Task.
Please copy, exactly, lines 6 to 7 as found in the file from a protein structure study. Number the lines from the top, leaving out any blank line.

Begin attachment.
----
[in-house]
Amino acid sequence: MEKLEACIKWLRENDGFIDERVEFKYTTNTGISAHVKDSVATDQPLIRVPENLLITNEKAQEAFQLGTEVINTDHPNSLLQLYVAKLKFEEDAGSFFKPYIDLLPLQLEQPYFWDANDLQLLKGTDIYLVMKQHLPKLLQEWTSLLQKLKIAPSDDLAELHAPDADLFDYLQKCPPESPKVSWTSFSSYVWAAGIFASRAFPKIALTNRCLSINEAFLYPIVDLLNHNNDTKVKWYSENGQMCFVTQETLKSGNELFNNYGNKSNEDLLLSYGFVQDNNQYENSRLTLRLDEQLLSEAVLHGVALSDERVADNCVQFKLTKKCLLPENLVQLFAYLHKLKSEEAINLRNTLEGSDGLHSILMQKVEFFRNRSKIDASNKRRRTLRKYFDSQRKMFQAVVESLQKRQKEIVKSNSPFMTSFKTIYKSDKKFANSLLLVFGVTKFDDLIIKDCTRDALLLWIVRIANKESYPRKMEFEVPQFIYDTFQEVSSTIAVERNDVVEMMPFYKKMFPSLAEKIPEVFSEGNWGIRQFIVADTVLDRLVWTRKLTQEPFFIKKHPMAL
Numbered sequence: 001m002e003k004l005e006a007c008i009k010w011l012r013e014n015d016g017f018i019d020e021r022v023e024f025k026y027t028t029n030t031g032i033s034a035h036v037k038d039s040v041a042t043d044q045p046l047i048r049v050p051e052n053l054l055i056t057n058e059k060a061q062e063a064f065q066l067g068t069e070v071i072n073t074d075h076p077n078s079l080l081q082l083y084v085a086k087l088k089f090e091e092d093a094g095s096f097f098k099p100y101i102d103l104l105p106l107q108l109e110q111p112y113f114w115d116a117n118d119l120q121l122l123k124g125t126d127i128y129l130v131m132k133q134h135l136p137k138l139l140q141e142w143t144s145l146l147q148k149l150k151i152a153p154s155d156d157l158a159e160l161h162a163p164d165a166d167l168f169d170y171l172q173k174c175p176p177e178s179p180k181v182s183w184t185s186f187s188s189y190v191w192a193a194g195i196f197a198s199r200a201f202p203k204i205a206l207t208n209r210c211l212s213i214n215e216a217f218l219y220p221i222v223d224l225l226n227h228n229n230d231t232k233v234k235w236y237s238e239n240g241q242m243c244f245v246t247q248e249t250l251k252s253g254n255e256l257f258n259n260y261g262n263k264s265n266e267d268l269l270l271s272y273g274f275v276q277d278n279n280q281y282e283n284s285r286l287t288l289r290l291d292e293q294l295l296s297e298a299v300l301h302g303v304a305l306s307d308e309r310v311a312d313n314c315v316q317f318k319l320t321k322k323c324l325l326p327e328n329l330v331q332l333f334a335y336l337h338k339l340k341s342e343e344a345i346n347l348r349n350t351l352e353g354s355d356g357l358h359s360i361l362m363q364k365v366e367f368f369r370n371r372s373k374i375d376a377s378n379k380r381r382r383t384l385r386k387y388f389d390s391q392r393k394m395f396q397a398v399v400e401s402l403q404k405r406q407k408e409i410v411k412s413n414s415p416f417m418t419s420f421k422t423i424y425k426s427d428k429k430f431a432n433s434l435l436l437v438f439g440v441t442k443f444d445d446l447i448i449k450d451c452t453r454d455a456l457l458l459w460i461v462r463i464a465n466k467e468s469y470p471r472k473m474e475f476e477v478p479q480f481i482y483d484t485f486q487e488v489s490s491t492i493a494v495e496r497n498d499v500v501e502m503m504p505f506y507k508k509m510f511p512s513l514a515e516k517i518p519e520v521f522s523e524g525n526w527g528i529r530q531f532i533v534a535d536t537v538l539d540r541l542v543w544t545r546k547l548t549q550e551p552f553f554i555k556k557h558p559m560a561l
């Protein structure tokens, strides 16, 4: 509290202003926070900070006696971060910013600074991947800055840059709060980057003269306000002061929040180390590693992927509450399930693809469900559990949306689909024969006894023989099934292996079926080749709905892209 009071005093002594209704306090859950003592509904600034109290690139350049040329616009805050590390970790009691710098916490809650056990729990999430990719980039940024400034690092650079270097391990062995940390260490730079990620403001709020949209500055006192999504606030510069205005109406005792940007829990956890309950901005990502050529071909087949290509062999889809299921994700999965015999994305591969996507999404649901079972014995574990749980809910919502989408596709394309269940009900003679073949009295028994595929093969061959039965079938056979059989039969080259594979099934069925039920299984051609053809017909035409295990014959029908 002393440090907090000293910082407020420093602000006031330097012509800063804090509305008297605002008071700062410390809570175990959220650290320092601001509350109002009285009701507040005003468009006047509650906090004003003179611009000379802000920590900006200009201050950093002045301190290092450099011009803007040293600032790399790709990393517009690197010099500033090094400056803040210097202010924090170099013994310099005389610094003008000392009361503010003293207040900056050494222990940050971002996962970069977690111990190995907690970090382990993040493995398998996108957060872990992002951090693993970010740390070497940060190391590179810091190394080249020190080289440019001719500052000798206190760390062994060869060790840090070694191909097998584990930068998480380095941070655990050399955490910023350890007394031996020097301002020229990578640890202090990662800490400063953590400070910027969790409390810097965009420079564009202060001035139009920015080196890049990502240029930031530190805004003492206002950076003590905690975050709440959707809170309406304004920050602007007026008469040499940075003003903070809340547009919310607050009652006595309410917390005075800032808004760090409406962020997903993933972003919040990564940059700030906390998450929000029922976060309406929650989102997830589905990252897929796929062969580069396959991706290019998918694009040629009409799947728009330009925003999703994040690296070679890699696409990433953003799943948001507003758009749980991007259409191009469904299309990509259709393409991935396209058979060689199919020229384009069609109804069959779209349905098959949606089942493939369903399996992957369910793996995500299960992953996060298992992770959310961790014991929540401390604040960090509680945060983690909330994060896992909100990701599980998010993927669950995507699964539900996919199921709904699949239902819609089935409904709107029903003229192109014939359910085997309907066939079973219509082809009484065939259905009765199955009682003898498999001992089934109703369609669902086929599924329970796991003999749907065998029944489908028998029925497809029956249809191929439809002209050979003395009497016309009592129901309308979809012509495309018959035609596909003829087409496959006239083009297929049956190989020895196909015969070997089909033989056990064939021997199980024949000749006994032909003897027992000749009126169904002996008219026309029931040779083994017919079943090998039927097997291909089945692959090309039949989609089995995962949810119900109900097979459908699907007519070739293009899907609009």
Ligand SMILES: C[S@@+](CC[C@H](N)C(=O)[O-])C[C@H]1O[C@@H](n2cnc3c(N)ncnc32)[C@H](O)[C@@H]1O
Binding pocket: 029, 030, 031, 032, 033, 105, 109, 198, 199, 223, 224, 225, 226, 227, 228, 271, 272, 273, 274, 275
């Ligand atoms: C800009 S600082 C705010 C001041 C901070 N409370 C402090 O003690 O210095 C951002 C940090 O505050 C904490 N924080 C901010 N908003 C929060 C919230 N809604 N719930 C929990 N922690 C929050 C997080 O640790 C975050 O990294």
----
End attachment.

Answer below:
Binding pocket: 029, 030, 031, 032, 033, 105, 109, 198, 199, 223, 224, 225, 226, 227, 228, 271, 272, 273, 274, 275
């Ligand atoms: C800009 S600082 C705010 C001041 C901070 N409370 C402090 O003690 O210095 C951002 C940090 O505050 C904490 N924080 C901010 N908003 C929060 C919230 N809604 N719930 C929990 N922690 C929050 C997080 O640790 C975050 O990294």